Art Cushman wearing Bolo with my son Andy
After I left Bradford in 1983, I briefly settled back into the practice of law. Joining several of my former Roan & Grossman partners as Of Counsel, I worked in a LaSalle Street office across from architect Helmut Jahn’s nearly completed State of Illinois Center (later the James R. Thompson Center). My strongest memory of this short period is not the legal work I did but rather being at eye level with the glass dome under construction atop the unique 17-story building. It was impossible not to frequently stare out the window at the steel workers clambering along the yet to be glazed skylight structure above the building’s atrium. Their ballet-like, death-defying, angled tightrope walks were so gripping that anyone watching it for long could fairly be accused of having the morbid curiosity worthy of a Formula One fan.
Notwithstanding this distraction, I continued to do some carryover corporate work for Bradford and general legal matters for other clients. One matter in particular I remember working on was an odd problem that cropped up in the administration of an estate. My friend Arthur Cushman had recently started a long-planned vacation trip across the Canadian Rockies. He was headed westbound to Vancouver from Toronto on a Via Rail Canada train. He never made it. Though only in his early 50s, a contemporaneous police report said he that not long after leaving Toronto he had been eating dinner in the dining car when he suddenly stood up, grabbed his chest, collapsed, and died. I knew he had had heart troubles in the past, but the report of his grand mal seizure and sudden death had come as a shock to me and all those who knew him.
The executor of his estate retained me to track down several missing items known to be on his person when he died. Strangely, they had not been on him when his remains were claimed by next of kin. One item was a money belt that he always wore travelling. It was said to have $200 of mad money in it. The other missing item was of more sentimental value, a gold Bolo sheep’s head tie clasp that was always a part of his informal string tie attire.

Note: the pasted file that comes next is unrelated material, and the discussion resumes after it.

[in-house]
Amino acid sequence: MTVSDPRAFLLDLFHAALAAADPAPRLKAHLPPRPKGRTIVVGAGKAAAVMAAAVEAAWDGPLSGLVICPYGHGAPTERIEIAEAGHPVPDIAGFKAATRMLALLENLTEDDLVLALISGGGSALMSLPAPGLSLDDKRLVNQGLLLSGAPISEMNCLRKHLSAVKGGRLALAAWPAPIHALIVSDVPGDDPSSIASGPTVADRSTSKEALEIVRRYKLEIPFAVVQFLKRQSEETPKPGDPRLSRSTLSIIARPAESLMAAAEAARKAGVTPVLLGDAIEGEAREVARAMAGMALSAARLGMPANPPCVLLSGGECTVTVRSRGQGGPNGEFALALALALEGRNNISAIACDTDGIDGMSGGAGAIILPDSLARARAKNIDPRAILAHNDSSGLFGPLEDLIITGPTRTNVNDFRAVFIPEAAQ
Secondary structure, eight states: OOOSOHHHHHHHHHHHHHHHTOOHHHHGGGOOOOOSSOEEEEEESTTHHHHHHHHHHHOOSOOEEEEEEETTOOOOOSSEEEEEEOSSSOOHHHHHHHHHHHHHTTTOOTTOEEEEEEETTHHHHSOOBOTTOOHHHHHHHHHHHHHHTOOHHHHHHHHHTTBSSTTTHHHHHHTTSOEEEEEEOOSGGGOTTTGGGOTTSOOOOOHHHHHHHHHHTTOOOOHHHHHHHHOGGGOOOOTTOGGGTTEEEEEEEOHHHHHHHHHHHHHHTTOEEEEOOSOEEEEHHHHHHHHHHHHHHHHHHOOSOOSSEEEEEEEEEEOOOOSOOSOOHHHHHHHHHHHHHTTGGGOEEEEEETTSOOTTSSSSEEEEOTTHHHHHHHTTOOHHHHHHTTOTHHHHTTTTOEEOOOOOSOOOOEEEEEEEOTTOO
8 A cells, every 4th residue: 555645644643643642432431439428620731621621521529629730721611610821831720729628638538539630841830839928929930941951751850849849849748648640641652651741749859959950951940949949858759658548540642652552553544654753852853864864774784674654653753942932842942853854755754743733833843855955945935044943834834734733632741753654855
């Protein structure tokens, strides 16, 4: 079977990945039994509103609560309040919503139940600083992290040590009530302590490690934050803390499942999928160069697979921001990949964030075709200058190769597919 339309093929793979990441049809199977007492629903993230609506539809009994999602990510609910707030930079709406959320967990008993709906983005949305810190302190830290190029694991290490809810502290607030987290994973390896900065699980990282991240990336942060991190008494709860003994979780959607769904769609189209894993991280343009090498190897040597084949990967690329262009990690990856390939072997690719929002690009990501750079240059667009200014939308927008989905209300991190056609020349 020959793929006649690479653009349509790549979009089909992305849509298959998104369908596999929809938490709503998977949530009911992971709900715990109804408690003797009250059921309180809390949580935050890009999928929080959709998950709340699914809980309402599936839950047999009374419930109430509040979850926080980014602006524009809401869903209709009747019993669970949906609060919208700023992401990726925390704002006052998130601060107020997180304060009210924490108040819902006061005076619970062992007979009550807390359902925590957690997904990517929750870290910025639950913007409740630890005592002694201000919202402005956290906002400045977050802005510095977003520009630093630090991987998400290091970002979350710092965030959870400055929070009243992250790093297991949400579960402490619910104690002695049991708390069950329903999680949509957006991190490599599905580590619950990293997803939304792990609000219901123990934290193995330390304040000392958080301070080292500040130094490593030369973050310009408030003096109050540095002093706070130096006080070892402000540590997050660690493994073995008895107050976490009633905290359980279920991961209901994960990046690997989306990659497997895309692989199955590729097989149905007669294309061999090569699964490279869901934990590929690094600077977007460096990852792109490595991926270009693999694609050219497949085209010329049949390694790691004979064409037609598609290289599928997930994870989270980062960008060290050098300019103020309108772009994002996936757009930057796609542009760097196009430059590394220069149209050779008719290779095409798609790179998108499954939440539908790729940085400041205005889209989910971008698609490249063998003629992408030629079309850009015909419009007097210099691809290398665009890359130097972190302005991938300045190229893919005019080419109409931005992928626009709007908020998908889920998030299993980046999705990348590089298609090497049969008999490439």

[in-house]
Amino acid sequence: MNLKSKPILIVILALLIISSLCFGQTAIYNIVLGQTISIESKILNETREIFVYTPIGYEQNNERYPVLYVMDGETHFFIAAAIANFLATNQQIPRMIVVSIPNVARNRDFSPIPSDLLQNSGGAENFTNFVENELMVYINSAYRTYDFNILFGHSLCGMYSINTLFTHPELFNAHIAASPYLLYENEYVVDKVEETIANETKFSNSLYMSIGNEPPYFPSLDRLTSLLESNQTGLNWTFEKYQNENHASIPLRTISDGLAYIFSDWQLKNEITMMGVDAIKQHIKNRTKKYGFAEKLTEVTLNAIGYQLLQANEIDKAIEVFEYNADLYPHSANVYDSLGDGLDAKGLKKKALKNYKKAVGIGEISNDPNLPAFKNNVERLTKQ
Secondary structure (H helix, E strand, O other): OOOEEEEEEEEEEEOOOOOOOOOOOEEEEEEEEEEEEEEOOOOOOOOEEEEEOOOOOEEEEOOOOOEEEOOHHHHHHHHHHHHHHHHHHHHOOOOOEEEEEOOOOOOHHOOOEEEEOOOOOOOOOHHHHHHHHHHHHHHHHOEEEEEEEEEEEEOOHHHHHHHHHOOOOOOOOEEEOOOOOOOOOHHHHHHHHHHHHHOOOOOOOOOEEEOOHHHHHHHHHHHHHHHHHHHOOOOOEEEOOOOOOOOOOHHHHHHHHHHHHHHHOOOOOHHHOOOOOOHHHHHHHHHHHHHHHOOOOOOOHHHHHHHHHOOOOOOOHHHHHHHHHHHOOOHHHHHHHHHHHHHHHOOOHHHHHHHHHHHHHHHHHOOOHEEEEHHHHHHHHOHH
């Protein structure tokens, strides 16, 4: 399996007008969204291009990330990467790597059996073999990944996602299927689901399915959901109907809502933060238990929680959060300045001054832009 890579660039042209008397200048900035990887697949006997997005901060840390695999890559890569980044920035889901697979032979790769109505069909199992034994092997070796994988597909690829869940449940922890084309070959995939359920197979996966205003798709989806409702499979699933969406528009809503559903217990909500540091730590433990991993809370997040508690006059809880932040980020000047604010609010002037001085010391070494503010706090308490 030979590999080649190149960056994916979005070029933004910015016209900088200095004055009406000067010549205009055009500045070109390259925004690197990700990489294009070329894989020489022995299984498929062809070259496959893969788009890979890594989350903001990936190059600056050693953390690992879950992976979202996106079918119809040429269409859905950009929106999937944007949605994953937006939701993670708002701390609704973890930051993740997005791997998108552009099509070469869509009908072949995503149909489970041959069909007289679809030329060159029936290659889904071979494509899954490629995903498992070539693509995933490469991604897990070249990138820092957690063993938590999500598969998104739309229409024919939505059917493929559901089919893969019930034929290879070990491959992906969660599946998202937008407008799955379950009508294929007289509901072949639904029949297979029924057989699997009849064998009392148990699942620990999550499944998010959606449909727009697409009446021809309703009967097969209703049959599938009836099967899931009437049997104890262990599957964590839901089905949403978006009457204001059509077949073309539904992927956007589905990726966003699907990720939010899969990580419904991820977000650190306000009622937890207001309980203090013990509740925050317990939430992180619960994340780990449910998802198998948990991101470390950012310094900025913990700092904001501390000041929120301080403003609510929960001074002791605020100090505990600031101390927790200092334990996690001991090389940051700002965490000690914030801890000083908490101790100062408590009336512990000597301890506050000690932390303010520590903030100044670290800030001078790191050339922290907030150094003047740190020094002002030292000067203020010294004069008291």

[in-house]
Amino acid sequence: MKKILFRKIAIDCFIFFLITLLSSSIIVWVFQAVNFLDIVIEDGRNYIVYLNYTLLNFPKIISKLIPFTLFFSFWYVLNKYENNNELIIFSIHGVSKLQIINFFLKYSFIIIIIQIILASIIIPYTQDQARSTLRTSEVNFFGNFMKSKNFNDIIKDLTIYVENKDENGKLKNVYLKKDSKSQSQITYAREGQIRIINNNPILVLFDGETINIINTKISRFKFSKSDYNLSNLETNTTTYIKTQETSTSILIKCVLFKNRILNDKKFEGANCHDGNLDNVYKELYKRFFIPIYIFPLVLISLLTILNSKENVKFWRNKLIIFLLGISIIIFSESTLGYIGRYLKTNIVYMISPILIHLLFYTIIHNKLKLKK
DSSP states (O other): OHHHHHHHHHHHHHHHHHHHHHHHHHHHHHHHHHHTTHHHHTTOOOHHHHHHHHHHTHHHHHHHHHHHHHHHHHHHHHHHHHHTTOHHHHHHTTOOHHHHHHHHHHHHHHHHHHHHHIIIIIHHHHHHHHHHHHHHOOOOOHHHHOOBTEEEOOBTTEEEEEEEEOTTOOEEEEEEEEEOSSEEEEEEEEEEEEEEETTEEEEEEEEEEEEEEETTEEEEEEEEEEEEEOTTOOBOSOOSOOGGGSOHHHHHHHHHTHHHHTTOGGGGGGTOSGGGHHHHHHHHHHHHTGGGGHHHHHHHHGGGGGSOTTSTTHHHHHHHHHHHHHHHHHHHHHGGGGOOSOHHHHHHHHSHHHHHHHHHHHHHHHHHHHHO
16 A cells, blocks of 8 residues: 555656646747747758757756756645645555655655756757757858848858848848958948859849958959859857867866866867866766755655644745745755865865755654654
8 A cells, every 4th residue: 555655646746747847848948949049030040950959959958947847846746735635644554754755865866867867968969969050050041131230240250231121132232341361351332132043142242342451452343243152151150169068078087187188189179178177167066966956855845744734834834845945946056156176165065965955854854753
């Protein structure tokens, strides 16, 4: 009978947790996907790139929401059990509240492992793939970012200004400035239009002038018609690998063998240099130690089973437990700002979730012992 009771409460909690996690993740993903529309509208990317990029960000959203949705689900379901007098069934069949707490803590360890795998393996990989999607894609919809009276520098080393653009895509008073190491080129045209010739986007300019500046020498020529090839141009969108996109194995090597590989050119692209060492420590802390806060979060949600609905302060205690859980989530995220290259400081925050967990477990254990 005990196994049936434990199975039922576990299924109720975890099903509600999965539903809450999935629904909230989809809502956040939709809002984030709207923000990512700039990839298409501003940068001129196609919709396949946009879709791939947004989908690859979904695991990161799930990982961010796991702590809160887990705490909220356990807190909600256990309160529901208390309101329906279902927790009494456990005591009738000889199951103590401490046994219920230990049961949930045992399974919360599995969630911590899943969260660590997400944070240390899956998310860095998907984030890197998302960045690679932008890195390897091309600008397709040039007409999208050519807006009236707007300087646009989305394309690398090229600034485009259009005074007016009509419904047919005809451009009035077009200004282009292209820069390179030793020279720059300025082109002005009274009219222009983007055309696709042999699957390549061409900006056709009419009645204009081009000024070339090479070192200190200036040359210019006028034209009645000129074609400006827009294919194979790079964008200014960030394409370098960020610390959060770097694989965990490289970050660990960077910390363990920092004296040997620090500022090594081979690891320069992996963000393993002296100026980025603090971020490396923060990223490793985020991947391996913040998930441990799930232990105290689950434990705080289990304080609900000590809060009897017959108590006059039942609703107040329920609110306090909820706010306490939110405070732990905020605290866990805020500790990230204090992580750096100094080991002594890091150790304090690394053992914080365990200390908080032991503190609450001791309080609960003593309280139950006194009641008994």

The train crew had promptly alerted Via Rail’s far away dispatcher, who in turn contacted authorities in the first available stopping place along the route.
Cushman was tall and very heavy and, when I later talked to the local sheriff, I learned that his corpse had been offloaded from the train with some difficulty.
The body was put in an ambulance in a sparsely populated location and driven to the nearest mortuary.
The sheriff took my report of the missing items seriously and, amazingly enough to me, he mostly solved the mystery of the missing items. It turned out the ambulance driver and his assistant couldn’t resist temptation. It had been a dark night when they picked up the body after all, and the only other person around them as they drove to the undertakers would never be able to tell the tale of their filching. Confronted by the law, they had given up the gold Bolo tie clasp without ado, disclaiming any knowledge of what might have happened to the cold, hard cash. Although I never found out, my guess is that in return for giving up the clasp, the sheriff let the matter ride.
My priority in this period was to find another corporate law position. In pursuit of this goal, I began to talk to friends and family and other lawyers I knew for advice and pointers to possible opportunities. One of those I talked with was a classmate of mine at the University of Chicago Law School, Linda Neal (then Linda Thoren). One of the few women in the class that graduated with me in 1967, Linda had first worked in the development office of the University and later at the Art Institute of Chicago. At this time, she was an associate in private practice with the large Chicago firm of Hopkins & Sutter. There she was doing legal work for Cordell Overgaard, a partner at the firm who was representing new owners of the United Press International wire service.